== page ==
I have a class that inherits from Exception. In .NET 4, I started receiving a runtime error:

Inheritance security rules violated while overriding member: MyBusinessException.GetObjectData(System.Runtime.Serialization.SerializationInfo, System.Runtime.Serialization.StreamingContext)'. Security accessibility of the overriding method must match the security accessibility of the method being overriden.

I think the issue is caused by the fact that I am overriding GetObjectData.

I know one answer for resolving the issue is to set the SecurityRuleSet:

[assembly: SecurityRules(SecurityRuleSet.Level1)]

This is not an acceptable answer, I'd like to know how to fix the issue without having to relax the default security rules in .NET 4.

6 Answers 6


Mark GetObjectData with SecurityCriticalAttribute, because it's applied to Exception.GetObjectData. An overridden member should have the same security accessibility (Critical, Safe Critical or Transparent).

Read Security Changes in the .NET Framework 4 and Security Transparent Code, Level 2 from MSDN for more information.

To avoid all potential security runtime exceptions, enable Code Analysis with the Security rule set. You'll get static analysis warnings that might correspond to runtime errors.

  • 3
    Cool, that worked! I actually had tried this, but I applied the attribute at the class level instead of at the member level.
    – Page
    Commented Jun 16, 2010 at 19:27
  • 1
    I'm trying to do this on InitializeLifeTimeService and it does not want to work, gets the same error.
    – adriaanp
    Commented Jan 17, 2011 at 14:10
  • 1
    @brainmurphy1: simply add [SecurityCritical] before your method declaration. Commented Jun 8, 2013 at 14:10
  • 1
    Had a similar problem while running asp.net application in release mode with NHibernate 4.1.0 getting it from Antlr3 and this info pointed me in the right direction, which was to get updated Antlr source that had SecurityCriticalAttribute, thanks! Commented Jan 20, 2017 at 9:33

Had this problem when I was calling an assembly that had AllowPartiallyTrustedCallers attribute:

[assembly: System.Security.AllowPartiallyTrustedCallers]

Removing it solved my problem without switching to SecurityRuleSet.Level1.

  • This was a quick and dirty fix in order to compile DevExpress source.
    – Csaba Toth
    Commented May 29, 2013 at 23:52
  • 5
    This will be contained in AssemblyInfo.cs, at least was for me. Getting rid of it solved it for me as well. Commented Aug 1, 2014 at 19:32

Regarding this error in shared hosting environments that allow full trust applications. When you bin deploy an application, you often overwrite web.config. Under IIS, when you change the trust settings to something different than the default, your web config section is modified with:

    <trust level="Full" />

Copying a new web.config during deployment often overwrites this setting, however IIS Admin will still show the site as "Full Trust", when in reality the site is running in whatever the default trust level is for your shared host provider (usually medium).

You'll see this error and do what I did - try to figure out why you would see it even though you know the site is running under full trust, when in actuality, it is not. The solution is either to modify your web config as noted above before deployment, or use IIS Admin to set the site to a different trust level (high, for instance), apply it, then set it back to full. Doing so reinserts the necessary config file information and restarts the application pool in full trust.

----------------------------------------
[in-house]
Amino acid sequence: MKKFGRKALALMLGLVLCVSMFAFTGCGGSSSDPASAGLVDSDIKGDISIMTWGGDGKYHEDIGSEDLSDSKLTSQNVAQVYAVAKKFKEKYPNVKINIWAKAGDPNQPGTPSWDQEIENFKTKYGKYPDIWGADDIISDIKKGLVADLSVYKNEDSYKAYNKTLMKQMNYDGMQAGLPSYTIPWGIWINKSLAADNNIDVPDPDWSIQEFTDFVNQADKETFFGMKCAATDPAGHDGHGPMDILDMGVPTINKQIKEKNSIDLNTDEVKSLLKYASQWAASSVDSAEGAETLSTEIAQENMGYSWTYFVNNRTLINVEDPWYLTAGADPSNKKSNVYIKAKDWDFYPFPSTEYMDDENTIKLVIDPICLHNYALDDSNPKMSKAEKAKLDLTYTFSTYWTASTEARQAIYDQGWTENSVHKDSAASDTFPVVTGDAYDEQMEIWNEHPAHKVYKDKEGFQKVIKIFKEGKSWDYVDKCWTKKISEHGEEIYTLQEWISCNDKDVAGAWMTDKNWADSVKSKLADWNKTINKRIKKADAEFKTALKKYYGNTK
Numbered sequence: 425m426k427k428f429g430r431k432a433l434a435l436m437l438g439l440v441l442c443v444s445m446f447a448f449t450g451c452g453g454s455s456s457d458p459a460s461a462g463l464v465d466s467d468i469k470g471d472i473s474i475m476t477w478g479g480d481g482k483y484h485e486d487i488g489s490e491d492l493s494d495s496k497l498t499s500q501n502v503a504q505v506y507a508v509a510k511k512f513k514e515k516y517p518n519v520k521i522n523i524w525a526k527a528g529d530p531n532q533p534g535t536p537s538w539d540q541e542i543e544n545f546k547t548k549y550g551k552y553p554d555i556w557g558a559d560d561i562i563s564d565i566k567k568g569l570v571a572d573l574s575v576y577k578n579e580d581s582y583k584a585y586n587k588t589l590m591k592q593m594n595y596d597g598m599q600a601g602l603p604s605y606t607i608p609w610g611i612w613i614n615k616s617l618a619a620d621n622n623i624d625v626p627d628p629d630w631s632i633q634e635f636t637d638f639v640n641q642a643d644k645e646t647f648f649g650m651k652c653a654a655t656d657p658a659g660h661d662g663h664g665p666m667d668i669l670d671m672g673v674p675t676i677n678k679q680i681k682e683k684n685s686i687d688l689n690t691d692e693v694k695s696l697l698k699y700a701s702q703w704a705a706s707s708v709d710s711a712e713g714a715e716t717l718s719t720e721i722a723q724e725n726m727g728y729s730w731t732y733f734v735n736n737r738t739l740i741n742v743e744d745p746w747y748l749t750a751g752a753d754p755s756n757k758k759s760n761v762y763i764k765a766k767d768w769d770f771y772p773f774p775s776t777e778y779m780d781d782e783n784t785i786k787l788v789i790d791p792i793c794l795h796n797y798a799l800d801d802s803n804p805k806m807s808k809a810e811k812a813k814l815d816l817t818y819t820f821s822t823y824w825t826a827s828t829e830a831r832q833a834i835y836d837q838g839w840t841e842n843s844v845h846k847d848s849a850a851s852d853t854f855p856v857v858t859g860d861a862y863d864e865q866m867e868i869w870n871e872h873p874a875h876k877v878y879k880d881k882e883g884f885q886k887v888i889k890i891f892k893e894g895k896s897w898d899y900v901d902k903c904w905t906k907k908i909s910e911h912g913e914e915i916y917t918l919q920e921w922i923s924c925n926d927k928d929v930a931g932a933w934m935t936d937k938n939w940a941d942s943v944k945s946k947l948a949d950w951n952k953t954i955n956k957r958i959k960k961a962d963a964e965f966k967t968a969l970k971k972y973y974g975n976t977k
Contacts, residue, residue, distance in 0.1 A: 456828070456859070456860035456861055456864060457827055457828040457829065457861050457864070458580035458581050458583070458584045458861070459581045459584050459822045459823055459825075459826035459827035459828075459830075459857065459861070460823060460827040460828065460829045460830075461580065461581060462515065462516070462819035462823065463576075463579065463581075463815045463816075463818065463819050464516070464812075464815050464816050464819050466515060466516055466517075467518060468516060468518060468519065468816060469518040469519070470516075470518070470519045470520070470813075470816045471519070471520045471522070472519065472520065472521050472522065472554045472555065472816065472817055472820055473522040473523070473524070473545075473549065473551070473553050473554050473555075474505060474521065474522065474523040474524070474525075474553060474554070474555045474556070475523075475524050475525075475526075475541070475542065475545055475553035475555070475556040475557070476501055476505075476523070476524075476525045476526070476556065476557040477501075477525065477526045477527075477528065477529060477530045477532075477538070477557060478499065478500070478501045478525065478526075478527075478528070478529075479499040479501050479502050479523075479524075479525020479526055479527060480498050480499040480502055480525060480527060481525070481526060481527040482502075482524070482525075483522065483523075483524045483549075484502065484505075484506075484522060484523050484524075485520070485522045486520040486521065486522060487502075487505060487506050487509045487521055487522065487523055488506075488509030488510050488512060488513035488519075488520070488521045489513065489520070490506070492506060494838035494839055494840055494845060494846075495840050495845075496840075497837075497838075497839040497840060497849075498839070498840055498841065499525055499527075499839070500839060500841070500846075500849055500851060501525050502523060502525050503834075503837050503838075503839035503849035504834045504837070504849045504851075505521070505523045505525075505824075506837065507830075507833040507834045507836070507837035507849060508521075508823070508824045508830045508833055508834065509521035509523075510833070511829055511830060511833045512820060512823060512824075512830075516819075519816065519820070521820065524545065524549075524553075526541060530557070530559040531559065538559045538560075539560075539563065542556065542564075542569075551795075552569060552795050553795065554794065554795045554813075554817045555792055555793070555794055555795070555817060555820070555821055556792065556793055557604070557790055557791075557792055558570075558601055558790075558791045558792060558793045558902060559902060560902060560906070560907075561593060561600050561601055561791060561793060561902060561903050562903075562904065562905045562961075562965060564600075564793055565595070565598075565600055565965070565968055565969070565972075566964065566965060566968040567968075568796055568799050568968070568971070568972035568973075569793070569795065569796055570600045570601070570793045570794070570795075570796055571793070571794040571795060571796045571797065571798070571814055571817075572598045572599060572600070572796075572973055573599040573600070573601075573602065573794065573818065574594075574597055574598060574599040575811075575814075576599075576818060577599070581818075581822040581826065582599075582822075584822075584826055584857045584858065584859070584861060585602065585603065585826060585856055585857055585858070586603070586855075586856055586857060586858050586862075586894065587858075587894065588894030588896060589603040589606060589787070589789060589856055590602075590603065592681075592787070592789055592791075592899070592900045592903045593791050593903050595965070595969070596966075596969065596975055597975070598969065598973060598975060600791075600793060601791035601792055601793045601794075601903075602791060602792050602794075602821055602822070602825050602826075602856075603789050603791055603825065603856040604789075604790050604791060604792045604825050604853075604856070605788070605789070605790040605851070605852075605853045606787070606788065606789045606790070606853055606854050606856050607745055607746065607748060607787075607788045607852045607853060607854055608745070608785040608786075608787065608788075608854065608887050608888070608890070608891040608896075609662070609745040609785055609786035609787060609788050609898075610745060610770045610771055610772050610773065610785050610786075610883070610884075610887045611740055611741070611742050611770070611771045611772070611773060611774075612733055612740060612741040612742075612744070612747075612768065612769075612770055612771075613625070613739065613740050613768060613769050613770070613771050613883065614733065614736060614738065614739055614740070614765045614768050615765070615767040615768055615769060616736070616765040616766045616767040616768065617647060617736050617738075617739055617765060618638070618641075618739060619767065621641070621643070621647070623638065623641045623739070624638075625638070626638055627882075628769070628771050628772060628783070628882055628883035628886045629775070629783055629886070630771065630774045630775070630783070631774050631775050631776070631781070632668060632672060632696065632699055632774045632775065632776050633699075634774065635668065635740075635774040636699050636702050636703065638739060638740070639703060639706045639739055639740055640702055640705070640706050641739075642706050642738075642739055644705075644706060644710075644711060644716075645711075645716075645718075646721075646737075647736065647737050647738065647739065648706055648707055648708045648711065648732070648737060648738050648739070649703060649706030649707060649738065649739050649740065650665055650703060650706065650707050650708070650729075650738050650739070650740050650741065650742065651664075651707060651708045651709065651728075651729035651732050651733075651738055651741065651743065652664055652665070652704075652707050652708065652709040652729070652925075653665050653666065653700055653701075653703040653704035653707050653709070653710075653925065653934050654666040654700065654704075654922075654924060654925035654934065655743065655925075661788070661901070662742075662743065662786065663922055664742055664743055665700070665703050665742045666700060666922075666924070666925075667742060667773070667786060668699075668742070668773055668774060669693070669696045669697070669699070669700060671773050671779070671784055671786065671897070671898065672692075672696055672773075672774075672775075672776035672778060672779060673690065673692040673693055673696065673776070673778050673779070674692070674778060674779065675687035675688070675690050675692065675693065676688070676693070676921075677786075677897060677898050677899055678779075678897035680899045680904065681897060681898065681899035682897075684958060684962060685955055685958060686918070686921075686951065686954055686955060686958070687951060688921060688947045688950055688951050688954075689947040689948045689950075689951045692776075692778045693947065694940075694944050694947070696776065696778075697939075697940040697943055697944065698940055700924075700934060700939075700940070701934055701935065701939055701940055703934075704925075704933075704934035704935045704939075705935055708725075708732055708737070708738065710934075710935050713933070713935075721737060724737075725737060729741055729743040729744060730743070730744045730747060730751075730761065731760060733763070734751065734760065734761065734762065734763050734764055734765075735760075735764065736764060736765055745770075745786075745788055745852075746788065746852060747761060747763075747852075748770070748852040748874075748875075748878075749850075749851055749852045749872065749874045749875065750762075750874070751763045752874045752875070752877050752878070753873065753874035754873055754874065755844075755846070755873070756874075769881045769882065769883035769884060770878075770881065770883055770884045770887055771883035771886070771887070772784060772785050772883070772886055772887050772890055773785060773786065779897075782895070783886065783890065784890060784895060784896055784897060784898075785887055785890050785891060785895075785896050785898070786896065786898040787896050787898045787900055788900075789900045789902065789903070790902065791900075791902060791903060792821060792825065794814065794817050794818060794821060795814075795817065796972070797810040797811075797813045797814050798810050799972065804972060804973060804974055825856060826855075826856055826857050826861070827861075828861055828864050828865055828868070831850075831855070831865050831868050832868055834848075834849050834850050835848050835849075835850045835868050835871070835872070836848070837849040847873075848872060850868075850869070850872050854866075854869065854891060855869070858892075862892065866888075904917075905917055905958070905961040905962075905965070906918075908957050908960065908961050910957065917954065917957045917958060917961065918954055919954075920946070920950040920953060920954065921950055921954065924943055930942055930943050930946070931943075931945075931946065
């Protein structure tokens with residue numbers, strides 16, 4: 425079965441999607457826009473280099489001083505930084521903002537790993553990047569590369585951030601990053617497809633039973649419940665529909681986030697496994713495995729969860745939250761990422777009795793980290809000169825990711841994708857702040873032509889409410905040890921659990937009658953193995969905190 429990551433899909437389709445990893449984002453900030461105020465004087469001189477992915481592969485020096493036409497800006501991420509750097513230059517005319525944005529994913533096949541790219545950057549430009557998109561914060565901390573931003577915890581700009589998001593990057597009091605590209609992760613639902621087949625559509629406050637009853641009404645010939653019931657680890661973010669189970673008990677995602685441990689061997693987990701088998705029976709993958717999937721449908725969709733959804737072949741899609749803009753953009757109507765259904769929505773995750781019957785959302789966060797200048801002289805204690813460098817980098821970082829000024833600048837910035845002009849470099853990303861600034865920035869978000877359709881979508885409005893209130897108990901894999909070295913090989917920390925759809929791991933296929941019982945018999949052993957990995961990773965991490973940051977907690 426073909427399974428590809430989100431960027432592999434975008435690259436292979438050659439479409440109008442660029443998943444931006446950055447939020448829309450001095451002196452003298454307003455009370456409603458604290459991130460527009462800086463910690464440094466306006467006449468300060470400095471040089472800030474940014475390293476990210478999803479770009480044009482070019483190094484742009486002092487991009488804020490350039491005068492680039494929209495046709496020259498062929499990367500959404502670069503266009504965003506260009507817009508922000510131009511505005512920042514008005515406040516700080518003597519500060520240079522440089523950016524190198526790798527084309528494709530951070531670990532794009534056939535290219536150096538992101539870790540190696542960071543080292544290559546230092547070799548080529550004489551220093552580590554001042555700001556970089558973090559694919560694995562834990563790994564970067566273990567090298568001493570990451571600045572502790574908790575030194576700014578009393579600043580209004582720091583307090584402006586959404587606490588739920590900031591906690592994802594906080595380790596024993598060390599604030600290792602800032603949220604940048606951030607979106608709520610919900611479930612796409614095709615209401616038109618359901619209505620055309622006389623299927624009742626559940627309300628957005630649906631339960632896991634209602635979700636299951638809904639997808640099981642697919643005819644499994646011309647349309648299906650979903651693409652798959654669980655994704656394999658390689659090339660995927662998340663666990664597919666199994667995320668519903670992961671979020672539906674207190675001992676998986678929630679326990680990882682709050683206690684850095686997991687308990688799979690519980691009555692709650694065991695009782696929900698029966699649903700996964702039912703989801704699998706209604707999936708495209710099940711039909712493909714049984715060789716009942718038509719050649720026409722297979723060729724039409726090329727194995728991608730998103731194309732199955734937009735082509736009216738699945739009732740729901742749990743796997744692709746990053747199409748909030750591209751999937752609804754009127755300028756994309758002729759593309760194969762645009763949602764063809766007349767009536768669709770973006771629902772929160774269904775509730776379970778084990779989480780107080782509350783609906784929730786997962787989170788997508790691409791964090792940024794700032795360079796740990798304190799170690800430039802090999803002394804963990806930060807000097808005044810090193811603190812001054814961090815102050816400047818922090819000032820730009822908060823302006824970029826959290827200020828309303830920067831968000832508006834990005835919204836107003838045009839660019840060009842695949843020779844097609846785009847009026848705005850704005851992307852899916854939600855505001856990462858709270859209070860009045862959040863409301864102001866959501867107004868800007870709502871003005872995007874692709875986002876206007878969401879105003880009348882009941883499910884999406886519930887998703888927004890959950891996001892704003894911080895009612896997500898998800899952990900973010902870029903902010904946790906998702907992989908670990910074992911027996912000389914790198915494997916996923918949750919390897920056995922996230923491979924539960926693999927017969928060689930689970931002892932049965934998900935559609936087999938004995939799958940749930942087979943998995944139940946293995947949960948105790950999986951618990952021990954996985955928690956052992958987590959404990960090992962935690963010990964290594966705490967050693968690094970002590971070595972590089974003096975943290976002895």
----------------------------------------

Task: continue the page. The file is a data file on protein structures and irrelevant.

For me, the problem was with the log4net library. I downloaded the source, and added the project file into my solution so that I could step into external libraries. However, log4net needed the NET_4_0 symbol defined for conditional compilation. By default, it had NET_1_0 defined. I went into the log4net project properties and changed NET_1_0 to NET_4_0, and this fixed the problem.

Aside: Perhaps I am not following best practices by including the libraries in my project. If that is the case, I would welcome feedback on different ways to do it, and the pros and cons of each choice. My current thinking is, if there is an error, being able to see the library's source will help me understand what the library is expecting, which will help me clear up the error. Also, seeing how other people write source code is nothing if not a valuable learning experience. Basically, I'm trying to follow the advice of Jeff Atwood found here. But if there is a better way to accomplish this, I'm all ears.


I got this error that made no sense for my case ! I used this simple example https://www.c-sharpcorner.com/article/using-autofac-with-web-api

The problem was that I had no space and did not noticed it so I solved this by making space on my drive.

Maybe this will save somebody a few hours of useless investigation.


On the off chance this might help someone. (I didn't determine what was causing the error)

I was working away fine (in Visual Studio) and then when I switched the branch in git, I saw all xaml files were suddenly throwing this error. Then I noticed that the .csproj file for the project containing all the XML was 'checked out' under git. (red tick). I did a git "compare with unmodified" and there were no changes to the file! Another time there was one change but it was related to a reference to one of my (non-Xaml) components - and it was a change I didn't make!

Anyway I just did a git "Undo changes" and after that my project would build no problem.

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